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Old March 8th, 2007, 04:28 PM   #9
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Quote:
Originally Posted by Jim Andrada View Post
Yes, return policies are vastly different than in the US. (Not sure about Europe)

Basically, in Japan, once you buy it, you own it. Except in the case of a catastrophic failure, and even then I'm not sure but what you'd have to go back to the maker insead of the store. Forget returns and exchanges. It won't happen.

If you get something and don't like it, you're welcome to sell it and buy something else. Except that Japanese are, generally speaking, very hesitant about buying used goods. So you probably won't be able to sell it for any reasonable amount.

if you're buying it to take back to your home country, it's less of an issue as you can probably unload it if you don't like it.
The moral of the story is that you should be sure you like it before you buy it.
Jim, I am not questioning your comments, but I feel I should stand up for the Japanese on one point.
Tokyo is not synonymous with Japan. Tokyo is not typical Japan.
Manuel is going to Tokyo, so your comments are to be heeded.
But the other side of the coin is that , in fact, stores are very happy to help you when you have made a mistake. Japanese customer service, in general, is regarded as the best in the world. But I don't live in Tokyo - I live in the far south in a "small" town of only 600,000 inhabitants.
I have never had a problem with returns. Also sites like "Yahoo Auction" in Japan are as popular as EBay. There are "recycle shops" dotted across the country where you can buy and sell used goods.(Recently there have been some restrictions on electrical goods - as a safety precaution.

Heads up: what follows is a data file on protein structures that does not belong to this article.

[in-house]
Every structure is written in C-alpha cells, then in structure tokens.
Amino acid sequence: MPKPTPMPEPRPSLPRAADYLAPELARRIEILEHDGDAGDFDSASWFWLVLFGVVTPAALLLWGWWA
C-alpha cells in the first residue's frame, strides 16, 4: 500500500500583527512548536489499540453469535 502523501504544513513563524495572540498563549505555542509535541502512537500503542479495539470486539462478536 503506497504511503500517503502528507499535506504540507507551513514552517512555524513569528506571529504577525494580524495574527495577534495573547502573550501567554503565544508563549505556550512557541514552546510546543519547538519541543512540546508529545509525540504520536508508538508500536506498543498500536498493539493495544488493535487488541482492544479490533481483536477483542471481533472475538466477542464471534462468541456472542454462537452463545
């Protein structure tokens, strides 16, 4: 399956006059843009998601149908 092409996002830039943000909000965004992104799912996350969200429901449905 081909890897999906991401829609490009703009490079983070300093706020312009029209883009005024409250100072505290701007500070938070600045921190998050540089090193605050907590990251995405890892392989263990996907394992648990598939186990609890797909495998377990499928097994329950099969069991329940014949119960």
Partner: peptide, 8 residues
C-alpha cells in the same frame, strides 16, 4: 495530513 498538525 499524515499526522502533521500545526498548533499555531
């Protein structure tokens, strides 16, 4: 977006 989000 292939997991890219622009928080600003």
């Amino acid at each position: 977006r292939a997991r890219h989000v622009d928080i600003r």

Many recycle shops will take your goods and if they can sell them - they give you the agreed percentage - if they can't they will give you them back again.

Anyway, by now, I am sure Manuel has had enough good advice to guide him through the jungle.
But please remember that Tokyo is not synonymous with Japan.
Regards,
Douglas
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Old March 8th, 2007, 05:24 PM   #10
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Douglas,

You're absolutely right. My wife is from Nagoya, and I spend a lot of time for work in Yamagata. Tokyo (and Osaka) for that matter are not Japan. Any more than New York City is the US!

And I think the Japanese are great. But they do have a different attitude about things, and my wife is the one who keeps shaking her head in amazement at how easy it is to return things in the US, particularly once they've been used in any way.

On the subject of customer service, I was able to get Yokogawa HP in Japan to service stuff that had a US warranty when they probably shouldn't have - because they basically do want to help. On the other hand, it's a two way street and each party is supposed to heed their respective obligations and the consumer should not return things for "frivolous" reasons such as not liking it once they get it.

If there's a legitimate problem, or the unit isn't right for the application, I suspect you'd get reasonable treatment by any of the stores. I've never had any reason to take something back to the store for a warranty claim, but have returned things to the makers.

I've also noticed that I used to get away with a lot of things just because I was a foreigner - like overtime parking, or stopping in no parking zones. When we took our dog to the vet, my wife always left me in the car while she took the dog in because she knew that the meter maids would never give me a ticket for overtime parking if I just acted dumb (not too difficult) and pretended not to speak Japanese.

Truly great place - I hated to come back to the US. And we've given serious consideration to buying land and building a retirement home there some day - we've been looking at land in Nagano.

Where are you located - what took you to Japan - what keeps you there?